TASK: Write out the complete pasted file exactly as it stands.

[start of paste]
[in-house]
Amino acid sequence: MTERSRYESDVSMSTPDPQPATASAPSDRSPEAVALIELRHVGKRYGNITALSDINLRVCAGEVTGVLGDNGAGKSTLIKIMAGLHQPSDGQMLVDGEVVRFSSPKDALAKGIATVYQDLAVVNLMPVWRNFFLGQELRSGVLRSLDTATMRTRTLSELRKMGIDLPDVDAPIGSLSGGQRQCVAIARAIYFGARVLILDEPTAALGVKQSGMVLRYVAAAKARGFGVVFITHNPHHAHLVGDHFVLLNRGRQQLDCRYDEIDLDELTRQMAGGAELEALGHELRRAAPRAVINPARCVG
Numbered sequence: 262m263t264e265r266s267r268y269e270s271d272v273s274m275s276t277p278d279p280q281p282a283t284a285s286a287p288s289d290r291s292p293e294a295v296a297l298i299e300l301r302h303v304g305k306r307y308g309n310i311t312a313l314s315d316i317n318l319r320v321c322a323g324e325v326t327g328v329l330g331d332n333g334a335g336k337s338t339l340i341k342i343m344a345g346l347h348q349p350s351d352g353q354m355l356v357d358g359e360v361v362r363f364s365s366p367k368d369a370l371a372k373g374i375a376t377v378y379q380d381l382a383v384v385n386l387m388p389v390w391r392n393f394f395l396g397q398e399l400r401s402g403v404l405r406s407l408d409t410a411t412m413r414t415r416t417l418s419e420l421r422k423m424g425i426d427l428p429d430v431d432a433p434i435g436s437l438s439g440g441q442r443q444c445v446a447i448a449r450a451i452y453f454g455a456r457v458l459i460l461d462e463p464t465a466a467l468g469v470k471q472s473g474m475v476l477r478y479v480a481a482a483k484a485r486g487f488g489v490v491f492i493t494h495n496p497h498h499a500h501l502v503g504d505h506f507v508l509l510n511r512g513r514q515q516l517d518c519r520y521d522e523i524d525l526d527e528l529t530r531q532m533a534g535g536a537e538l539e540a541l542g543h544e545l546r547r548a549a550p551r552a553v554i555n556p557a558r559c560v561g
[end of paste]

[in-house]
Amino acid sequence: MTERSRYESDVSMSTPDPQPATASAPSDRSPEAVALIELRHVGKRYGNITALSDINLRVCAGEVTGVLGDNGAGKSTLIKIMAGLHQPSDGQMLVDGEVVRFSSPKDALAKGIATVYQDLAVVNLMPVWRNFFLGQELRSGVLRSLDTATMRTRTLSELRKMGIDLPDVDAPIGSLSGGQRQCVAIARAIYFGARVLILDEPTAALGVKQSGMVLRYVAAAKARGFGVVFITHNPHHAHLVGDHFVLLNRGRQQLDCRYDEIDLDELTRQMAGGAELEALGHELRRAAPRAVINPARCVG
Numbered sequence: 262m263t264e265r266s267r268y269e270s271d272v273s274m275s276t277p278d279p280q281p282a283t284a285s286a287p288s289d290r291s292p293e294a295v296a297l298i299e300l301r302h303v304g305k306r307y308g309n310i311t312a313l314s315d316i317n318l319r320v321c322a323g324e325v326t327g328v329l330g331d332n333g334a335g336k337s338t339l340i341k342i343m344a345g346l347h348q349p350s351d352g353q354m355l356v357d358g359e360v361v362r363f364s365s366p367k368d369a370l371a372k373g374i375a376t377v378y379q380d381l382a383v384v385n386l387m388p389v390w391r392n393f394f395l396g397q398e399l400r401s402g403v404l405r406s407l408d409t410a411t412m413r414t415r416t417l418s419e420l421r422k423m424g425i426d427l428p429d430v431d432a433p434i435g436s437l438s439g440g441q442r443q444c445v446a447i448a449r450a451i452y453f454g455a456r457v458l459i460l461d462e463p464t465a466a467l468g469v470k471q472s473g474m475v476l477r478y479v480a481a482a483k484a485r486g487f488g489v490v491f492i493t494h495n496p497h498h499a500h501l502v503g504d505h506f507v508l509l510n511r512g513r514q515q516l517d518c519r520y521d522e523i524d525l526d527e528l529t530r531q532m533a534g535g536a537e538l539e540a541l542g543h544e545l546r547r548a549a550p551r552a553v554i555n556p557a558r559c560v561g